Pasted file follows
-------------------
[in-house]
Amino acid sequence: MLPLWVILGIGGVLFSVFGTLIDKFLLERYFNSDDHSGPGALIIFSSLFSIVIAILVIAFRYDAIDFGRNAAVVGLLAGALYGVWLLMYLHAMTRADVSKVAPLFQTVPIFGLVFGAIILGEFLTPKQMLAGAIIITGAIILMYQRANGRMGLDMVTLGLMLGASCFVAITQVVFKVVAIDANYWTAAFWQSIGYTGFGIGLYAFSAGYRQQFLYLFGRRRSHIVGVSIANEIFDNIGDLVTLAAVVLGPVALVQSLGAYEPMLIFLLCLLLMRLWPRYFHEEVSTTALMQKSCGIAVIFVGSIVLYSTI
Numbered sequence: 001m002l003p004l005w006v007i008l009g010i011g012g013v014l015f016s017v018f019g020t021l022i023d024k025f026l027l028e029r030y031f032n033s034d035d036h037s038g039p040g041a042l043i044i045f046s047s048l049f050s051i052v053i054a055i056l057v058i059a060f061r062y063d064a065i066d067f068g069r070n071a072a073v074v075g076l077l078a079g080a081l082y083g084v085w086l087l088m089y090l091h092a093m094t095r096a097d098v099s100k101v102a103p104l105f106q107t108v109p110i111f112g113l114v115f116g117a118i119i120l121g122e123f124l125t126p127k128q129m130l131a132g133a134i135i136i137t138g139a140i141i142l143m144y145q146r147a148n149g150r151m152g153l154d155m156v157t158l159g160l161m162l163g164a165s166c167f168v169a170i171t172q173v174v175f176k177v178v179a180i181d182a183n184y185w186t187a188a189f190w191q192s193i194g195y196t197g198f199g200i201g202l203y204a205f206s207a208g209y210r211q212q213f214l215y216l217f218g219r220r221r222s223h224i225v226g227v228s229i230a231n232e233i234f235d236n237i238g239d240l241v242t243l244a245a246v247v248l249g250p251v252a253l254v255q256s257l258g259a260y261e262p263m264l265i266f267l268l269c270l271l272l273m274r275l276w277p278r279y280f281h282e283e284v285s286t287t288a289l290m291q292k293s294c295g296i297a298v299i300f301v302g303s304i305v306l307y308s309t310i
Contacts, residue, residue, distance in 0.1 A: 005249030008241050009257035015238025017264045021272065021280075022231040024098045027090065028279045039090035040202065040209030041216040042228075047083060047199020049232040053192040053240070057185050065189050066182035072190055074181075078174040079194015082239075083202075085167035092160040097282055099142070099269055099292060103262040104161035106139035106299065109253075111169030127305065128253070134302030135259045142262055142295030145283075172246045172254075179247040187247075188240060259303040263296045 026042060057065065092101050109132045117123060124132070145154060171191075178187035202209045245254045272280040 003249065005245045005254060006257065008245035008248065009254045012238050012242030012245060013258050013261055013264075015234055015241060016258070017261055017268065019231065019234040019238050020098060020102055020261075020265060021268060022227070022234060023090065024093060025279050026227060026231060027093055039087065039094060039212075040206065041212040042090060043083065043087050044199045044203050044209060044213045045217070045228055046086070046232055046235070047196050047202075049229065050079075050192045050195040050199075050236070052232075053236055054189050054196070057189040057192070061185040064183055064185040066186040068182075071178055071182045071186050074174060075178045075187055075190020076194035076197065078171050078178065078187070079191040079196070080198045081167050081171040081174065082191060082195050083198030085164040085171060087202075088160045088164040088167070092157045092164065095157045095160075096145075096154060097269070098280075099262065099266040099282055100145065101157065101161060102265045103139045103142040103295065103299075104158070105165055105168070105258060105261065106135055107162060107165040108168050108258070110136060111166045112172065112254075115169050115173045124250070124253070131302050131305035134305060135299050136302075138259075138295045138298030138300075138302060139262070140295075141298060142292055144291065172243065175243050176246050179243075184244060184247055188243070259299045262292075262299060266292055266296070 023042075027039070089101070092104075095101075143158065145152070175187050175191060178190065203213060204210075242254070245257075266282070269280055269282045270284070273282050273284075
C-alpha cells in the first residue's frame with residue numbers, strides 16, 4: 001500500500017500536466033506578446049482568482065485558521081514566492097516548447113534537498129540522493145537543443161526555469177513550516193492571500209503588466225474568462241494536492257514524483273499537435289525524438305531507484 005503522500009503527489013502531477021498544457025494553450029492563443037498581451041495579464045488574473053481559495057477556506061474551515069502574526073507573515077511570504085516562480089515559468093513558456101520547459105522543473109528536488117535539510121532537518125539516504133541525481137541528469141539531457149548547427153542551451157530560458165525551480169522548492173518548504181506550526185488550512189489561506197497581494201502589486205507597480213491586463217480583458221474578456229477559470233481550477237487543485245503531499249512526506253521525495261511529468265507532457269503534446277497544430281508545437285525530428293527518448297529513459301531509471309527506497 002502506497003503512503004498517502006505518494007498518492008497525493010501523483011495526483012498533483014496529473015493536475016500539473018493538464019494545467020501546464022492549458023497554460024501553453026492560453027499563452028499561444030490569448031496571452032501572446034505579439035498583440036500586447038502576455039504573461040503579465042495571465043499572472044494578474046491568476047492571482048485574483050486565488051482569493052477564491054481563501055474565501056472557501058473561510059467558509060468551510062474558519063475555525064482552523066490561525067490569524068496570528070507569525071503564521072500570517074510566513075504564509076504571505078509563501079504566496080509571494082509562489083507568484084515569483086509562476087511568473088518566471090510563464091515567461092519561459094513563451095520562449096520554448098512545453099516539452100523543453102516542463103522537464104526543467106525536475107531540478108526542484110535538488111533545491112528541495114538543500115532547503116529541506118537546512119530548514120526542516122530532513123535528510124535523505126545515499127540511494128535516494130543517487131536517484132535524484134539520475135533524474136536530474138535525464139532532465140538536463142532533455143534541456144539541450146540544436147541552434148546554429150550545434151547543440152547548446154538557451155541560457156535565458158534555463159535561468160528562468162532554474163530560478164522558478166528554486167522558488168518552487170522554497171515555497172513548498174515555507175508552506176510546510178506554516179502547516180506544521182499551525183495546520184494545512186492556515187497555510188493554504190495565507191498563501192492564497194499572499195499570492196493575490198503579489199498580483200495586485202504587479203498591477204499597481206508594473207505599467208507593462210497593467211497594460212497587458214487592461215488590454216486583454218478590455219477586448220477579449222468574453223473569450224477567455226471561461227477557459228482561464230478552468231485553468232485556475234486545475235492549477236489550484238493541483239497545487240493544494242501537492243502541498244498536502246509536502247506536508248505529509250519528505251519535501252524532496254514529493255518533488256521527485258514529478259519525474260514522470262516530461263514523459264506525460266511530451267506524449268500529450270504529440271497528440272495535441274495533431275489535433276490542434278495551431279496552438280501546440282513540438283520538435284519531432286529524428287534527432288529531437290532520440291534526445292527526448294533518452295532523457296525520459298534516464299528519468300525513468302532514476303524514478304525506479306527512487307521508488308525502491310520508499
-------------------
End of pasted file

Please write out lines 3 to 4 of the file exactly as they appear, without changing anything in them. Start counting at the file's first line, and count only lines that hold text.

Numbered sequence: 001m002l003p004l005w006v007i008l009g010i011g012g013v014l015f016s017v018f019g020t021l022i023d024k025f026l027l028e029r030y031f032n033s034d035d036h037s038g039p040g041a042l043i044i045f046s047s048l049f050s051i052v053i054a055i056l057v058i059a060f061r062y063d064a065i066d067f068g069r070n071a072a073v074v075g076l077l078a079g080a081l082y083g084v085w086l087l088m089y090l091h092a093m094t095r096a097d098v099s100k101v102a103p104l105f106q107t108v109p110i111f112g113l114v115f116g117a118i119i120l121g122e123f124l125t126p127k128q129m130l131a132g133a134i135i136i137t138g139a140i141i142l143m144y145q146r147a148n149g150r151m152g153l154d155m156v157t158l159g160l161m162l163g164a165s166c167f168v169a170i171t172q173v174v175f176k177v178v179a180i181d182a183n184y185w186t187a188a189f190w191q192s193i194g195y196t197g198f199g200i201g202l203y204a205f206s207a208g209y210r211q212q213f214l215y216l217f218g219r220r221r222s223h224i225v226g227v228s229i230a231n232e233i234f235d236n237i238g239d240l241v242t243l244a245a246v247v248l249g250p251v252a253l254v255q256s257l258g259a260y261e262p263m264l265i266f267l268l269c270l271l272l273m274r275l276w277p278r279y280f281h282e283e284v285s286t287t288a289l290m291q292k293s294c295g296i297a298v299i300f301v302g303s304i305v306l307y308s309t310i
Contacts, residue, residue, distance in 0.1 A: 005249030008241050009257035015238025017264045021272065021280075022231040024098045027090065028279045039090035040202065040209030041216040042228075047083060047199020049232040053192040053240070057185050065189050066182035072190055074181075078174040079194015082239075083202075085167035092160040097282055099142070099269055099292060103262040104161035106139035106299065109253075111169030127305065128253070134302030135259045142262055142295030145283075172246045172254075179247040187247075188240060259303040263296045 026042060057065065092101050109132045117123060124132070145154060171191075178187035202209045245254045272280040 003249065005245045005254060006257065008245035008248065009254045012238050012242030012245060013258050013261055013264075015234055015241060016258070017261055017268065019231065019234040019238050020098060020102055020261075020265060021268060022227070022234060023090065024093060025279050026227060026231060027093055039087065039094060039212075040206065041212040042090060043083065043087050044199045044203050044209060044213045045217070045228055046086070046232055046235070047196050047202075049229065050079075050192045050195040050199075050236070052232075053236055054189050054196070057189040057192070061185040064183055064185040066186040068182075071178055071182045071186050074174060075178045075187055075190020076194035076197065078171050078178065078187070079191040079196070080198045081167050081171040081174065082191060082195050083198030085164040085171060087202075088160045088164040088167070092157045092164065095157045095160075096145075096154060097269070098280075099262065099266040099282055100145065101157065101161060102265045103139045103142040103295065103299075104158070105165055105168070105258060105261065106135055107162060107165040108168050108258070110136060111166045112172065112254075115169050115173045124250070124253070131302050131305035134305060135299050136302075138259075138295045138298030138300075138302060139262070140295075141298060142292055144291065172243065175243050176246050179243075184244060184247055188243070259299045262292075262299060266292055266296070 023042075027039070089101070092104075095101075143158065145152070175187050175191060178190065203213060204210075242254070245257075266282070269280055269282045270284070273282050273284075